Low Anthropology (Book Review)

I’ve been compulsively following David Zahl and Mockingbird Ministries, reading and listening to everything I could get my hands on, for the past 3 years or so. Many I’ve talked to in the Christian community don’t know what to do with an author who is (on this book) endorsed by both the libertine progressive Nadia Bolz-Weber and the evangelical reformer Mike Cosper, let alone by those who no longer identify with the faith at all. Zahl, and Mockingbird, are seen either as antinomian (rejecting the law and therefore normative Christian ethical teaching) by Conservatives or as too confessional and evangelical by Liberals. Perhaps it is the fact that I lost any credibility to either theological tradition that led me to Mockingbird. Connecting with the expansive online world of MBird & Friends has assured me that I am not alone.


Just as he did with his earlier book, Seculosity, Zahl connects the refreshing river of grace with the often dry land of contemporary life from the first page. Unfortunately, too many would-be readers will be completely unaware of the good news within both books because of their clever titles. Be assured, the pages of this book contain not the dense exposition of ideas, but rather the proclamation of life-giving words. Zahl is a preacher in the best sense of the word, using illustrations from culture and society to distill complex God-talk into potent nuggets of Spiritual energy. In the tradition of Luther, Zahl provides a phenomenally potent account of the Theology of the Cross in everyday life. The best part is, Zahl doesn’t get stuck in the scaffolding of theology. He stays out in the concrete world of real life actions and decisions.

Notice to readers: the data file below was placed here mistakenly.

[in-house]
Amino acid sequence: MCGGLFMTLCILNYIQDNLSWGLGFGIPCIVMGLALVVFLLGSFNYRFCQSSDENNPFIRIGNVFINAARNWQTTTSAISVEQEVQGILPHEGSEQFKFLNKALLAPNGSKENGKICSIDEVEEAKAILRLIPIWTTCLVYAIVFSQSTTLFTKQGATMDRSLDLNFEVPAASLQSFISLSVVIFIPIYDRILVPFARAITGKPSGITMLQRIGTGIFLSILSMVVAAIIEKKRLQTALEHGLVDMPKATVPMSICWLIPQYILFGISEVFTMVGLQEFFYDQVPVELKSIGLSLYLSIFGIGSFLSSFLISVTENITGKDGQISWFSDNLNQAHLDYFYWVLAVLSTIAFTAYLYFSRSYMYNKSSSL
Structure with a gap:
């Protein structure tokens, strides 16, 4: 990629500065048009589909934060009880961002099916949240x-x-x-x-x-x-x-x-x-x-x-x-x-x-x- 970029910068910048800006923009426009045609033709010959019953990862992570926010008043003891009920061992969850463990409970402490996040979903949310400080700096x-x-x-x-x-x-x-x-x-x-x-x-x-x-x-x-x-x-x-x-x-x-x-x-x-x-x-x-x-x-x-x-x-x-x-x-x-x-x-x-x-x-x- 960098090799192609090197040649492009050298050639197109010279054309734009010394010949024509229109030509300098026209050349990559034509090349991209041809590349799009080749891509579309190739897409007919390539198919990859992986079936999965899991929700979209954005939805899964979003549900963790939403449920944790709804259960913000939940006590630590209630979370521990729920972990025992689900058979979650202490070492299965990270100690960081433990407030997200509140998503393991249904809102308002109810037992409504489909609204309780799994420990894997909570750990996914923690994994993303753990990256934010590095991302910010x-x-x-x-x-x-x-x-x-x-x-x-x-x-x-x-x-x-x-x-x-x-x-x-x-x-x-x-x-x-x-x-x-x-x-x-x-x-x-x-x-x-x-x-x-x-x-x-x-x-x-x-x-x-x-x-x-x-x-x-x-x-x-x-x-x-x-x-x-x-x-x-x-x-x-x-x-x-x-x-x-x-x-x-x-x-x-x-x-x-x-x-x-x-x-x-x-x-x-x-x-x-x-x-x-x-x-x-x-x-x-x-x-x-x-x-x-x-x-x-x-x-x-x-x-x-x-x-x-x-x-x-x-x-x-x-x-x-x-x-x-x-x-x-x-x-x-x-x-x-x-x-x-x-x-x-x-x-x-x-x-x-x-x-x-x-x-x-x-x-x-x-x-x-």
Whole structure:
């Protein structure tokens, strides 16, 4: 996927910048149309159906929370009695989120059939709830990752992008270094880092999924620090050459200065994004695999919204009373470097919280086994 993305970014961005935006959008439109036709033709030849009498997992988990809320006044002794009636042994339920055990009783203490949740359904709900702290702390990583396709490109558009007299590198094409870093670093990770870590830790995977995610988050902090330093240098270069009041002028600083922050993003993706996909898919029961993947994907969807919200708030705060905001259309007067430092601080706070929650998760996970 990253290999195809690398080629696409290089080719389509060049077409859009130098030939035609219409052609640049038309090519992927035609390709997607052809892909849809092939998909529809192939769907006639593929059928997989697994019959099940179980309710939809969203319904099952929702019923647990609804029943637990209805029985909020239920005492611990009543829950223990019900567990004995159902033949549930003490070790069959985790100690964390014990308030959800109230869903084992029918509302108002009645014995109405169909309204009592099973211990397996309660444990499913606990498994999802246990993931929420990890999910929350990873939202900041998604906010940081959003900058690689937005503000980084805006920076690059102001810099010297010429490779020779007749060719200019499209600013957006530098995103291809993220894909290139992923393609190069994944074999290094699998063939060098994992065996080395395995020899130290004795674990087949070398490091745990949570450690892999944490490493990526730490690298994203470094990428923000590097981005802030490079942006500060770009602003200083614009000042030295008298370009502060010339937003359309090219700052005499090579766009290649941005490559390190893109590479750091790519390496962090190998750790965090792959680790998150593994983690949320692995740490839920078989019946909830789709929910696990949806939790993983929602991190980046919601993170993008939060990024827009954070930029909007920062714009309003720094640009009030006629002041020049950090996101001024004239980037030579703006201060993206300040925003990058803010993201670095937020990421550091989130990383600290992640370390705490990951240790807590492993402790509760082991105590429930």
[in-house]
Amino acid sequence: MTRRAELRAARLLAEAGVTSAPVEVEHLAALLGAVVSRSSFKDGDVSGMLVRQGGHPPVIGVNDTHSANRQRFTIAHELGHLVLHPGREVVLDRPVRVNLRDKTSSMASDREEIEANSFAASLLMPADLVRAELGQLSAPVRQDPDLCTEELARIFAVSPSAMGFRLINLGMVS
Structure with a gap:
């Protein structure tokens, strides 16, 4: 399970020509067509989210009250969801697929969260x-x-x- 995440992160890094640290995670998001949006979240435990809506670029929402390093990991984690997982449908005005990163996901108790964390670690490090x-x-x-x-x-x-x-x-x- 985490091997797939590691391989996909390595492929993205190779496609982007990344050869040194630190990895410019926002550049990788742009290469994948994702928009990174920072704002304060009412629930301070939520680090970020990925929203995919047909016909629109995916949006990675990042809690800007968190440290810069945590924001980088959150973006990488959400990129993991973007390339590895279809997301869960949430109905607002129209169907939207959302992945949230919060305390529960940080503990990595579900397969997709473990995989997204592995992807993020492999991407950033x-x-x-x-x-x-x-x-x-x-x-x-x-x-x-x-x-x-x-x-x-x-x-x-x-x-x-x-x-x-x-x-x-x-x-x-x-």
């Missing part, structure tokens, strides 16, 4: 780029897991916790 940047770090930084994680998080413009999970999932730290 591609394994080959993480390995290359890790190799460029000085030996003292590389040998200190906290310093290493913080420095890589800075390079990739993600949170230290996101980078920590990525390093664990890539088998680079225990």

I’ll tell you, these words of grace are dangerous. If you haven’t heard these words of freedom before, you might just experience for yourself the lengths God will go to redeem your experience. Living out of the freedom of the Gospel (and not the constraints of the Law) might just lead you to an understanding of your own innate incapacity for goodness (ergo, Low Anthropology). This book offers good news that God will find you there and transform your life fully outside your own effort.

Low Anthropology by David Zahl is available wherever books are sold. If you’re looking for an independent bookseller to support, might I recommend Hearts & Minds Books.

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This entry was posted in Reviews.

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